And she seemed so extra small over there in the enormous chair, and somehow so extra motherless as she obediently gurgled and choked a promise not to move, that he found himself unable to resist going back to her for a minute in order to pat her head. "There, there," said Mr. Twist, very gently patting her head, his heart yearning over her; and it yearned the more that, the minute he patted, her sobs got worse; and also the more because of the feel of her dear little head.

"You little bit of blessedness," murmured Mr. Twist before he knew what he was saying; at which her sobs grew louder than ever,—grew, indeed, almost into small howls, so long was it since anybody had said things like that to her. It was her mother who used to say things like that; things almost exactly like that.

"Hush," said Mr. Twist in much distress, and with one anxious eye on the half-open door, for Anna-Rose's sobs were threatening to outdo the noise of teacups and icecream plates, "hush, hush—here's a clean handkerchief—you just wipe up your eyes while I fetch Anna II. She'll worry, you know, if she sees you like this,—hush now, hush—there, there—and I expect she's being miserable enough already, hiding away in some corner. You wouldn't like to make her more miserable, would you—"

And he pressed the handkerchief into Anna-Rose's hands, and feeling much flurried went away to search for the other one who was somewhere, he was sure, in a state of equal distress.
He hadn't however to search. He found her immediately. As he came out of the door of his office into the tea-room he saw her come into the tea-room from the door of the verandah, and proceed across it towards the pantry. Why the verandah? wondered Mr. Twist. He hurried to intercept her. Anyhow she wasn't either about to cry or getting over having done it. He saw that at once with relief. Nor was she, it would seem, in any sort of distress. On the contrary, Anna-Felicitas looked particularly smug. He saw that once too, with surprise,—why smug? wondered Mr. Twist. She had a pleased look of complete satisfaction on her face. She was oblivious, he noticed, as she passed between the tables, of the guests who tried in vain to attract her attention and detain her with orders. She wasn't at all hot, as Anna-Rose had been, nor rattled, nor in any way discomposed; she was just smug. And also she was unusually, extraordinarily pretty. How dared they all stare up at her like that as she passed? And try to stop her. And want to talk to her. And Wangelbecker actually laying his hand—no, his paw; in his annoyance Mr. Twist wouldn't admit that the object at the end of Mr. Wangelbecker's arm was anything but a paw—on her wrist to get her to listen to some confounded order or other. She took no notice of that either, but walked on towards the pantry. Placidly. Steadily. Obvious. Smug.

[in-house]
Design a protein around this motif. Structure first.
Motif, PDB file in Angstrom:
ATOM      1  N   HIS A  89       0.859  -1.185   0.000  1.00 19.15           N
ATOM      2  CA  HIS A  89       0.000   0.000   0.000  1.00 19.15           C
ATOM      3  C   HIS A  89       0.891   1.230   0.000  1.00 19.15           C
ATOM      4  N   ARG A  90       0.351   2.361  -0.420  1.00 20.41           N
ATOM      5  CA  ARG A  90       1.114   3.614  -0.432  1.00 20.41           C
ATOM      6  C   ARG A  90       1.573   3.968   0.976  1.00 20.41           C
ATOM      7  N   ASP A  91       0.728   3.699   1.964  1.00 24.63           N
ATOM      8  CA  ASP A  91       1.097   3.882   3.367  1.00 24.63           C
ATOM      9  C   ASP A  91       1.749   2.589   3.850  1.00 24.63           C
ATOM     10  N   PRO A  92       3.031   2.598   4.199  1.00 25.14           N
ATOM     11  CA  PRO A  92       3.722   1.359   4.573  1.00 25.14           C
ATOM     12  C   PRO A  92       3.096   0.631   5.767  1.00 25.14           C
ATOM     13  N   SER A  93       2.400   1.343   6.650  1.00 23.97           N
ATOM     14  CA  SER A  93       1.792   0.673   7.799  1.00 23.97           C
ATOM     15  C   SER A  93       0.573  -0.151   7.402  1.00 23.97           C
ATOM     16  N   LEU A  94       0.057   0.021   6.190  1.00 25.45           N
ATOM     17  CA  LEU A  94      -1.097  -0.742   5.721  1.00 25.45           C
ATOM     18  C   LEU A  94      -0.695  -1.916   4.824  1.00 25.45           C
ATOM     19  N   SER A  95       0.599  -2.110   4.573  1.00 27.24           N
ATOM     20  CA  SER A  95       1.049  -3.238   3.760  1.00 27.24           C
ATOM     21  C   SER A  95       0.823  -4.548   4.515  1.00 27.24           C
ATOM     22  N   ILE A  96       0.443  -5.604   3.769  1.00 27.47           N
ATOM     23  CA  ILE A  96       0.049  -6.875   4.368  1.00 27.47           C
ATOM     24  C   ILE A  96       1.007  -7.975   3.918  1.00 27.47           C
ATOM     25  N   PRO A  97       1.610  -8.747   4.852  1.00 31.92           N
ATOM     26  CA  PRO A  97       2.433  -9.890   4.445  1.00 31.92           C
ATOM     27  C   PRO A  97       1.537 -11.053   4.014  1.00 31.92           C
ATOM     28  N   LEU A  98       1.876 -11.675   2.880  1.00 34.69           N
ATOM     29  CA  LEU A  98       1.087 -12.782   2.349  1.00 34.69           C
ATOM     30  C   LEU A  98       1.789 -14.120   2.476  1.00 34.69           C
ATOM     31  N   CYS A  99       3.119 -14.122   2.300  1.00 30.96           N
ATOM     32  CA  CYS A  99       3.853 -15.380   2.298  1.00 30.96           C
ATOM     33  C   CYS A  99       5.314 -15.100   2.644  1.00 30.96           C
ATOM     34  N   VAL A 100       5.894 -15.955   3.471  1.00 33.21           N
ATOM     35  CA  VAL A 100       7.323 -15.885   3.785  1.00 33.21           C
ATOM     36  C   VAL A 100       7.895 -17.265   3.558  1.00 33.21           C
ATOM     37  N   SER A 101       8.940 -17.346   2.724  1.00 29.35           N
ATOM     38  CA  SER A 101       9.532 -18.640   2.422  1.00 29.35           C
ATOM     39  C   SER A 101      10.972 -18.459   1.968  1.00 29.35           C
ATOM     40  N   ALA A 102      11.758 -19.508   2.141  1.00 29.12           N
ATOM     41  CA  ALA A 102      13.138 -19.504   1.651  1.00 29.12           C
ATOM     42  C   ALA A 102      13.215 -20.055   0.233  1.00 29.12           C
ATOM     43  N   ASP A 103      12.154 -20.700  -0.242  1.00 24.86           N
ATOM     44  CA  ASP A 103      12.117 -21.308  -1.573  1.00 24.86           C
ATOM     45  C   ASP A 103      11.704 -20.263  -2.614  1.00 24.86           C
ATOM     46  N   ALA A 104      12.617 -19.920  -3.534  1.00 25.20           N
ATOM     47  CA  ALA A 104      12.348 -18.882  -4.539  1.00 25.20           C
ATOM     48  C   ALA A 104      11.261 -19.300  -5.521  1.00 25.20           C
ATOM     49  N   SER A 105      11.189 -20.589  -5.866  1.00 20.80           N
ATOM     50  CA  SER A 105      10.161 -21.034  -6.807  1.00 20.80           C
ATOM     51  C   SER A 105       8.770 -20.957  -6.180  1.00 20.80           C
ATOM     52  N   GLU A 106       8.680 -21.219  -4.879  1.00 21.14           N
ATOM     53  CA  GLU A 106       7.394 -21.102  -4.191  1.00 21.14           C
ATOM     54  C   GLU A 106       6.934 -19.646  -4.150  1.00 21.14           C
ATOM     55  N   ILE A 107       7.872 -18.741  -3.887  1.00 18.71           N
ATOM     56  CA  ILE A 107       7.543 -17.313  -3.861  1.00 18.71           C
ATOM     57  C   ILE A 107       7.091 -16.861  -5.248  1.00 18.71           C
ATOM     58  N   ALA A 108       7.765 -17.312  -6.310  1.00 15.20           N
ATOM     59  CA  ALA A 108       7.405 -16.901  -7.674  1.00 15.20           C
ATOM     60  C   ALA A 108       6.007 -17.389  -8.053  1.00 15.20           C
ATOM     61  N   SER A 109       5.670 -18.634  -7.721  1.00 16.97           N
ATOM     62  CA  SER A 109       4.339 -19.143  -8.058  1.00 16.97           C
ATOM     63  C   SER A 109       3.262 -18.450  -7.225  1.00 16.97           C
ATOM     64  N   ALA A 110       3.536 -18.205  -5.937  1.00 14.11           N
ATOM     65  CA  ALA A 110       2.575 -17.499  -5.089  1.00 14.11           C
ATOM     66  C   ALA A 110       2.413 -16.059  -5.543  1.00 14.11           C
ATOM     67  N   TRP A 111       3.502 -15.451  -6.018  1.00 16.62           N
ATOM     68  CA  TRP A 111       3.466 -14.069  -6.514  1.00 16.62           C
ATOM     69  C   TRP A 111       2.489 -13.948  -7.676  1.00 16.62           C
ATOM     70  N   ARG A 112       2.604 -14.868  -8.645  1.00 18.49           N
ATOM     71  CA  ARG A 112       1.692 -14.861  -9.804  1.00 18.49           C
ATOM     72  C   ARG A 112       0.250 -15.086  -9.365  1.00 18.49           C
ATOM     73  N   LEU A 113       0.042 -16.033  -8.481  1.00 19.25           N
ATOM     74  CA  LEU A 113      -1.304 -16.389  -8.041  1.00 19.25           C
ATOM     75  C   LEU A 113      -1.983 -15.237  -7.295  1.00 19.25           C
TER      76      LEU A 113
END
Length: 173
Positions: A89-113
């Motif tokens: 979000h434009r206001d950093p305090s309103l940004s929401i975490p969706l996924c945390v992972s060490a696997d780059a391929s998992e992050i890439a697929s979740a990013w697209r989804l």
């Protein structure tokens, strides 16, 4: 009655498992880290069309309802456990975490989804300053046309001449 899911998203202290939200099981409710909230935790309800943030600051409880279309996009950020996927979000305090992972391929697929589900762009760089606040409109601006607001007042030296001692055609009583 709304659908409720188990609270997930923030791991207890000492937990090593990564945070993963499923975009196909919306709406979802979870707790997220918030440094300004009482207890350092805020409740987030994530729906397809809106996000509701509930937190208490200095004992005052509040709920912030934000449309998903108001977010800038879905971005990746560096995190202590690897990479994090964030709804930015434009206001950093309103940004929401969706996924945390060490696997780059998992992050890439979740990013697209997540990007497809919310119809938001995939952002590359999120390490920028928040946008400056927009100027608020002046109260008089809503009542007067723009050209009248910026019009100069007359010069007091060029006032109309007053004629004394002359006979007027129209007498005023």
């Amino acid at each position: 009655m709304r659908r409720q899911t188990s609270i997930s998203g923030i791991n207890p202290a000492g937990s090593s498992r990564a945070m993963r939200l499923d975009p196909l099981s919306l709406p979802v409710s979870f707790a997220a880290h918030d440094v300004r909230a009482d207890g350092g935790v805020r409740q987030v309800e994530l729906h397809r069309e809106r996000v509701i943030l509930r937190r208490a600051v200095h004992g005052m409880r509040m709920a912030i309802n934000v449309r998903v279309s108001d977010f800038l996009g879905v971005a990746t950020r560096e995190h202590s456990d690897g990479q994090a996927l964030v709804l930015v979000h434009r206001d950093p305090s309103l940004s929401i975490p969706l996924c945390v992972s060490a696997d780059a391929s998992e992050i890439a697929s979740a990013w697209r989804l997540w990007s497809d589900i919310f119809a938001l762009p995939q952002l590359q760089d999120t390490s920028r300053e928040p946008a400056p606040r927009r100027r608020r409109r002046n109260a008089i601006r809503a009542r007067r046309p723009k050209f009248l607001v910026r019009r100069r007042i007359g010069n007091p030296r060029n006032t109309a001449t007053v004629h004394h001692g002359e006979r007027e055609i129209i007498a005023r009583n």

"You're to come into the office," said Mr. Twist when he reached her.


She turned her head and considered him with abstracted eyes. Then she appeared to remember him. "Oh, it's you," she said amiably.


"Yes. It's me all right. And you're to come into the office."


"I can't. I'm busy."

"Now Anna II.," said Mr. Twist, walking beside her towards the pantry since she didn't stop but continued steadily on her way, "that's trifling with the facts. You've been in the garden. I saw you come in. Perhaps you'll tell me the exact line of business you've been engaged in."

"Waiting," said Anna-Felicitas placidly.


"Waiting? In the garden? Where it's pitch dark, and there's nobody to wait on?"


They had reached the pantry, and Anna-Felicitas gave an order to Li Koo through the serving window before answering; the order was tea and hot cinnamon toast for one.

"He's having his tea on the verandah," she said, picking out the most delicious of the little cakes from the trays standing ready, and carefully arranging them on a dish. "It isn't pitch dark at all there. There's floods of light coming through the windows. He won't come in."

"And why pray won't he come in?" asked Mr. Twist. "Because he doesn't like Germans."


"And who pray is he?"


"I don't know."


"Well I do," burst out Mr. Twist. "It's old Ridding, of course. His name is Ridding. The old man who was here yesterday. Now listen: I won't have—"


But Anna-Felicitas was laughing, and her eyes had disappeared into two funny little screwed-up eyelashy slits.

Mr. Twist stopped abruptly and glared at her. These Twinklers. That one in there shaken with sobs, this one in here shaken with what she would no doubt call quite the contrary. His conviction became suddenly final that the office was the place for both the Annas. He and Mrs. Bilton would do the waiting.